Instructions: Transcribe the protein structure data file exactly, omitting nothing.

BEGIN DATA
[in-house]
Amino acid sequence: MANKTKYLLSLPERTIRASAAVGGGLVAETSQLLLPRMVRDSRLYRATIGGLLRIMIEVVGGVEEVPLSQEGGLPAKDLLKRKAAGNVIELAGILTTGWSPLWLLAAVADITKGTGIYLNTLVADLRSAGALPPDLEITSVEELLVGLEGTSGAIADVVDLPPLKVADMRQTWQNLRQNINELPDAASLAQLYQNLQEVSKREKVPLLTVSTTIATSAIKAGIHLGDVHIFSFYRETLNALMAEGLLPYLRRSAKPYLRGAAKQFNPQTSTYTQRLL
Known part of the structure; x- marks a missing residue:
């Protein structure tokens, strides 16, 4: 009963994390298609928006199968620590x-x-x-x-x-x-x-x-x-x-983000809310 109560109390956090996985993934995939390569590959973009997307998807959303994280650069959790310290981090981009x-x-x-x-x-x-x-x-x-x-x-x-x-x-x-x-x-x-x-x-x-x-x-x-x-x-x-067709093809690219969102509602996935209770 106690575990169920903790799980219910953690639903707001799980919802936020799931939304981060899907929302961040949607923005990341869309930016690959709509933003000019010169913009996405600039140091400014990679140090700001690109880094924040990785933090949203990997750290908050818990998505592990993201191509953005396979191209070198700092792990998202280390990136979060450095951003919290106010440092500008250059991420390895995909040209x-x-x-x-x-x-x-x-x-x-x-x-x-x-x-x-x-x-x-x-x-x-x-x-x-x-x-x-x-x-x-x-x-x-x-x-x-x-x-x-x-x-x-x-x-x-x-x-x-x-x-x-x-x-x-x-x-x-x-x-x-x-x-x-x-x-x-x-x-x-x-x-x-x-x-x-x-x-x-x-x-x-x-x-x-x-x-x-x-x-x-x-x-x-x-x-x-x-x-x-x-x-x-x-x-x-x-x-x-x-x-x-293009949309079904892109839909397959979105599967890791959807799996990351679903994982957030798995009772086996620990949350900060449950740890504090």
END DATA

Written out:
[in-house]
Amino acid sequence: MANKTKYLLSLPERTIRASAAVGGGLVAETSQLLLPRMVRDSRLYRATIGGLLRIMIEVVGGVEEVPLSQEGGLPAKDLLKRKAAGNVIELAGILTTGWSPLWLLAAVADITKGTGIYLNTLVADLRSAGALPPDLEITSVEELLVGLEGTSGAIADVVDLPPLKVADMRQTWQNLRQNINELPDAASLAQLYQNLQEVSKREKVPLLTVSTTIATSAIKAGIHLGDVHIFSFYRETLNALMAEGLLPYLRRSAKPYLRGAAKQFNPQTSTYTQRLL
Known part of the structure; x- marks a missing residue:
């Protein structure tokens, strides 16, 4: 009963994390298609928006199968620590x-x-x-x-x-x-x-x-x-x-983000809310 109560109390956090996985993934995939390569590959973009997307998807959303994280650069959790310290981090981009x-x-x-x-x-x-x-x-x-x-x-x-x-x-x-x-x-x-x-x-x-x-x-x-x-x-x-067709093809690219969102509602996935209770 106690575990169920903790799980219910953690639903707001799980919802936020799931939304981060899907929302961040949607923005990341869309930016690959709509933003000019010169913009996405600039140091400014990679140090700001690109880094924040990785933090949203990997750290908050818990998505592990993201191509953005396979191209070198700092792990998202280390990136979060450095951003919290106010440092500008250059991420390895995909040209x-x-x-x-x-x-x-x-x-x-x-x-x-x-x-x-x-x-x-x-x-x-x-x-x-x-x-x-x-x-x-x-x-x-x-x-x-x-x-x-x-x-x-x-x-x-x-x-x-x-x-x-x-x-x-x-x-x-x-x-x-x-x-x-x-x-x-x-x-x-x-x-x-x-x-x-x-x-x-x-x-x-x-x-x-x-x-x-x-x-x-x-x-x-x-x-x-x-x-x-x-x-x-x-x-x-x-x-x-x-x-x-293009949309079904892109839909397959979105599967890791959807799996990351679903994982957030798995009772086996620990949350900060449950740890504090």